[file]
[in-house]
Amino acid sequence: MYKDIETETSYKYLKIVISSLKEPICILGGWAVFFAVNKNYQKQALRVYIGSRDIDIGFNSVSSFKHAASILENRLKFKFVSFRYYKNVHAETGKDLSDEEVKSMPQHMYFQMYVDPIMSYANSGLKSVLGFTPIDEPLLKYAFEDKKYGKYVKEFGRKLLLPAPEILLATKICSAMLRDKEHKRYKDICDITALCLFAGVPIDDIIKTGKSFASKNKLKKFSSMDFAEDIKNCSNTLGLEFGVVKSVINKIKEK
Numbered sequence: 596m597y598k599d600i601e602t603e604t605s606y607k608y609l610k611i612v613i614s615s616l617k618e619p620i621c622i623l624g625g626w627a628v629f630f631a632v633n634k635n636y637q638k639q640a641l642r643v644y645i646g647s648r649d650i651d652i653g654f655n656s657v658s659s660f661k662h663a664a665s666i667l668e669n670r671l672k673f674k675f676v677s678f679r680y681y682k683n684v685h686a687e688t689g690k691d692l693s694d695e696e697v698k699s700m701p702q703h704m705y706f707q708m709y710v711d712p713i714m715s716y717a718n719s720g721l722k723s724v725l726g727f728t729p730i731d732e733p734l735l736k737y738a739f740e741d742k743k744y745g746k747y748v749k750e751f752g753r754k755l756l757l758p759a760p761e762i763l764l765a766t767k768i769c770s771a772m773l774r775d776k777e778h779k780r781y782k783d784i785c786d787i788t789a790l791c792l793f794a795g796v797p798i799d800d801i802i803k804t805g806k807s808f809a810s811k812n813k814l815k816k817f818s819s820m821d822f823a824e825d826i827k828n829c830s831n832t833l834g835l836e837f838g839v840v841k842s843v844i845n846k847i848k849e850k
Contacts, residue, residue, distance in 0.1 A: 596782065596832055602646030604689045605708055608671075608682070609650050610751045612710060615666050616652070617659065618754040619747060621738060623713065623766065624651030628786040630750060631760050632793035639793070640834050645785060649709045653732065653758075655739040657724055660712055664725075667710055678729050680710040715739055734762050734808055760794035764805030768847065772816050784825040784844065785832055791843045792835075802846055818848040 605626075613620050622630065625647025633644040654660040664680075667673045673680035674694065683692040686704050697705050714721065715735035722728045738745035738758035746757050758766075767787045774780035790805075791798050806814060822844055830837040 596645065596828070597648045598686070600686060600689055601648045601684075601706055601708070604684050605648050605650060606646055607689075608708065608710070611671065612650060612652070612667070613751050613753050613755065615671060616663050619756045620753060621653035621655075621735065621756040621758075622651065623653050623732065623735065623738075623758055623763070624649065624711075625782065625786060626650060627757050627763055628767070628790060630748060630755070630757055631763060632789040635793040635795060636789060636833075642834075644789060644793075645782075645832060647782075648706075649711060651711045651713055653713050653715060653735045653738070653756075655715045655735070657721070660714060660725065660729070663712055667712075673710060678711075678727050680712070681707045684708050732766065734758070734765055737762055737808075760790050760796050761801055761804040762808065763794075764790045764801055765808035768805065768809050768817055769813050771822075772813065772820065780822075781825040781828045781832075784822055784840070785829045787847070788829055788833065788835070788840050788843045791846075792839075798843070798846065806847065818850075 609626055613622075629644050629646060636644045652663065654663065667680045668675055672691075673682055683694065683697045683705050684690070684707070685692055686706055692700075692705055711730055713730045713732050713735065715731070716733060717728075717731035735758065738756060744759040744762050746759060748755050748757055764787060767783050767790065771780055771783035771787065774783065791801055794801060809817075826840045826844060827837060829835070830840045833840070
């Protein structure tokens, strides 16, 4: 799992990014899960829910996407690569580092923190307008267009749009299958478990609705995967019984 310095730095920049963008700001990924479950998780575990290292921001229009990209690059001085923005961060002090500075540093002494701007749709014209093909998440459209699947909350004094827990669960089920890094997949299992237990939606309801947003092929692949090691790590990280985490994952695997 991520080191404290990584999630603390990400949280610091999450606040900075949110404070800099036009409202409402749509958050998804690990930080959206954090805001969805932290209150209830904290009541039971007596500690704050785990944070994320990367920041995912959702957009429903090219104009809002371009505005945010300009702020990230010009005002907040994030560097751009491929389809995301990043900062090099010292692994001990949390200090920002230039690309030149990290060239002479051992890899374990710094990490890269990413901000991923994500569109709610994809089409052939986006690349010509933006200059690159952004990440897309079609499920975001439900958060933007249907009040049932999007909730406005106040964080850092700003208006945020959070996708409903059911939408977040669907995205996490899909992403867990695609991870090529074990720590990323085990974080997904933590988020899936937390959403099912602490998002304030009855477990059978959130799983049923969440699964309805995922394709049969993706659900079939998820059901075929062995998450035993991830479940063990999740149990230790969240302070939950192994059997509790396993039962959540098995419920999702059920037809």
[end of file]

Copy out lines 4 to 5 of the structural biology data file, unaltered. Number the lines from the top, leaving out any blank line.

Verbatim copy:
Contacts, residue, residue, distance in 0.1 A: 596782065596832055602646030604689045605708055608671075608682070609650050610751045612710060615666050616652070617659065618754040619747060621738060623713065623766065624651030628786040630750060631760050632793035639793070640834050645785060649709045653732065653758075655739040657724055660712055664725075667710055678729050680710040715739055734762050734808055760794035764805030768847065772816050784825040784844065785832055791843045792835075802846055818848040 605626075613620050622630065625647025633644040654660040664680075667673045673680035674694065683692040686704050697705050714721065715735035722728045738745035738758035746757050758766075767787045774780035790805075791798050806814060822844055830837040 596645065596828070597648045598686070600686060600689055601648045601684075601706055601708070604684050605648050605650060606646055607689075608708065608710070611671065612650060612652070612667070613751050613753050613755065615671060616663050619756045620753060621653035621655075621735065621756040621758075622651065623653050623732065623735065623738075623758055623763070624649065624711075625782065625786060626650060627757050627763055628767070628790060630748060630755070630757055631763060632789040635793040635795060636789060636833075642834075644789060644793075645782075645832060647782075648706075649711060651711045651713055653713050653715060653735045653738070653756075655715045655735070657721070660714060660725065660729070663712055667712075673710060678711075678727050680712070681707045684708050732766065734758070734765055737762055737808075760790050760796050761801055761804040762808065763794075764790045764801055765808035768805065768809050768817055769813050771822075772813065772820065780822075781825040781828045781832075784822055784840070785829045787847070788829055788833065788835070788840050788843045791846075792839075798843070798846065806847065818850075 609626055613622075629644050629646060636644045652663065654663065667680045668675055672691075673682055683694065683697045683705050684690070684707070685692055686706055692700075692705055711730055713730045713732050713735065715731070716733060717728075717731035735758065738756060744759040744762050746759060748755050748757055764787060767783050767790065771780055771783035771787065774783065791801055794801060809817075826840045826844060827837060829835070830840045833840070
């Protein structure tokens, strides 16, 4: 799992990014899960829910996407690569580092923190307008267009749009299958478990609705995967019984 310095730095920049963008700001990924479950998780575990290292921001229009990209690059001085923005961060002090500075540093002494701007749709014209093909998440459209699947909350004094827990669960089920890094997949299992237990939606309801947003092929692949090691790590990280985490994952695997 991520080191404290990584999630603390990400949280610091999450606040900075949110404070800099036009409202409402749509958050998804690990930080959206954090805001969805932290209150209830904290009541039971007596500690704050785990944070994320990367920041995912959702957009429903090219104009809002371009505005945010300009702020990230010009005002907040994030560097751009491929389809995301990043900062090099010292692994001990949390200090920002230039690309030149990290060239002479051992890899374990710094990490890269990413901000991923994500569109709610994809089409052939986006690349010509933006200059690159952004990440897309079609499920975001439900958060933007249907009040049932999007909730406005106040964080850092700003208006945020959070996708409903059911939408977040669907995205996490899909992403867990695609991870090529074990720590990323085990974080997904933590988020899936937390959403099912602490998002304030009855477990059978959130799983049923969440699964309805995922394709049969993706659900079939998820059901075929062995998450035993991830479940063990999740149990230790969240302070939950192994059997509790396993039962959540098995419920999702059920037809």